would be considered ordinary for a urban setting. “How could they have so many stores? Why! There was one just for tobacco alone…The roar of the city began to frighten her.” (pg 40). She later went to a highbrow event and makes various people of prestigious status and made evaluations of life of the wealthy class. America and the Young IntellectualHarold Stearns gives his opinion on the work of Stuart P. Sherman’s article “The National Genius” and shares his own thoughts in beliefs as well. Sherman gives his idea of what the future holds for America and it’s youth, though a narrative. “Mr. Sherman pictures himself at a typical American public dinner…At all events there is much talk of progress and efficiency increased production, sanitation and sobriety; and a future republic flowing with milk and honey” (pg 10). Stearns thinks Sherman is to optimistic claiming, “The picture Mr. Sherman has sketched is a caricature in the true sense of the word, i.e., a kernel of truth covered by different individual absurdities and weaknesses.” (pg 11). Stern goes on to make a comparison between his and Sherman’s opinion on artists and writers relationship to society. While they both believe that artists and writers live in a society that is before their time. Artistic rebels cannot be expected to be completely accepted by society and vise versa but artists will make art that expresses that times that they live in. “After all, great art is art of acceptance and fulfillment of life; rarely of repudiation and contempt, and never of indifference.” (pg 14).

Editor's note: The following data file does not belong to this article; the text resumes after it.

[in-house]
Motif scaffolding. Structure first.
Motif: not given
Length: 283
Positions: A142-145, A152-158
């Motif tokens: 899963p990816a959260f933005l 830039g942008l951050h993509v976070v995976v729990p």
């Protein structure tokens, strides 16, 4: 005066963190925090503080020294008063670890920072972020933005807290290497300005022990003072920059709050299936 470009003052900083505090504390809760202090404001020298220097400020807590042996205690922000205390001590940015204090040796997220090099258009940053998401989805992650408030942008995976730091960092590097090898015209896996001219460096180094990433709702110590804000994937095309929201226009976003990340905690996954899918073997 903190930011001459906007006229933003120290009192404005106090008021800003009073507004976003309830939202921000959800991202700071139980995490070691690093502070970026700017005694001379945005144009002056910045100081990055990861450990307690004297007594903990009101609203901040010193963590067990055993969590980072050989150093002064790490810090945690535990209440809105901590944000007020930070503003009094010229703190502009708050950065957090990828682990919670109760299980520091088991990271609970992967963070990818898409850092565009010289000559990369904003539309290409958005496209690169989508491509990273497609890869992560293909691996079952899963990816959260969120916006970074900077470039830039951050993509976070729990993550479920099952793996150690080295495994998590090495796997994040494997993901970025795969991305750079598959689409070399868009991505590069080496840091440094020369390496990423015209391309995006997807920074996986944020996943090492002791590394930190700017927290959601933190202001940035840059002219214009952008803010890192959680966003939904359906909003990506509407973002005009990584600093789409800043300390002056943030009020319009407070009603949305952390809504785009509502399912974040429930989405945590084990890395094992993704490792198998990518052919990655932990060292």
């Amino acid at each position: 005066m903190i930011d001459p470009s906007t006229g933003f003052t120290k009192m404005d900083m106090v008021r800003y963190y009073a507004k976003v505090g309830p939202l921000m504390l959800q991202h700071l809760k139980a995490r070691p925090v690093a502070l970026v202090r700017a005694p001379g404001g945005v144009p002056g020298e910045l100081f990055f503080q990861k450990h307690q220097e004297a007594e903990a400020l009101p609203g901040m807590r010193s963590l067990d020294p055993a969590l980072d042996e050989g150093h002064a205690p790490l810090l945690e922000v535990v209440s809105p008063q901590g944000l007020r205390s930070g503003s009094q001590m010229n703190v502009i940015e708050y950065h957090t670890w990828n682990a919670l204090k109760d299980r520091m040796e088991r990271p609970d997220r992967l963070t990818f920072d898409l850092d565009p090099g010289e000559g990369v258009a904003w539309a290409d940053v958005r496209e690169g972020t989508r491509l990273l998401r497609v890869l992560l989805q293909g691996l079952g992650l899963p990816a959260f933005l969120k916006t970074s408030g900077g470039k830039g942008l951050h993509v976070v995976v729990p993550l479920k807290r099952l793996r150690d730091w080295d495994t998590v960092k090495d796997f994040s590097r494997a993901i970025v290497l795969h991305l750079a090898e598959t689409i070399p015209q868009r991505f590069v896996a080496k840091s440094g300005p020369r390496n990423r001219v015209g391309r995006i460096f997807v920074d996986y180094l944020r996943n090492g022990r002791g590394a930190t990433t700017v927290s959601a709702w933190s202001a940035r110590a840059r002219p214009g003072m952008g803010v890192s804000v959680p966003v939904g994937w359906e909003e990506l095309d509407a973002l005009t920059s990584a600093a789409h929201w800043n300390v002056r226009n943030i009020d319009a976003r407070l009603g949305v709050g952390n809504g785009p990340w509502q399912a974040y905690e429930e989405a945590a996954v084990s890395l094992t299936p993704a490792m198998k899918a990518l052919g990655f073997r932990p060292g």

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Dr. Kevin Mattson, Stuart P. Sherman, picture Mr. Sherman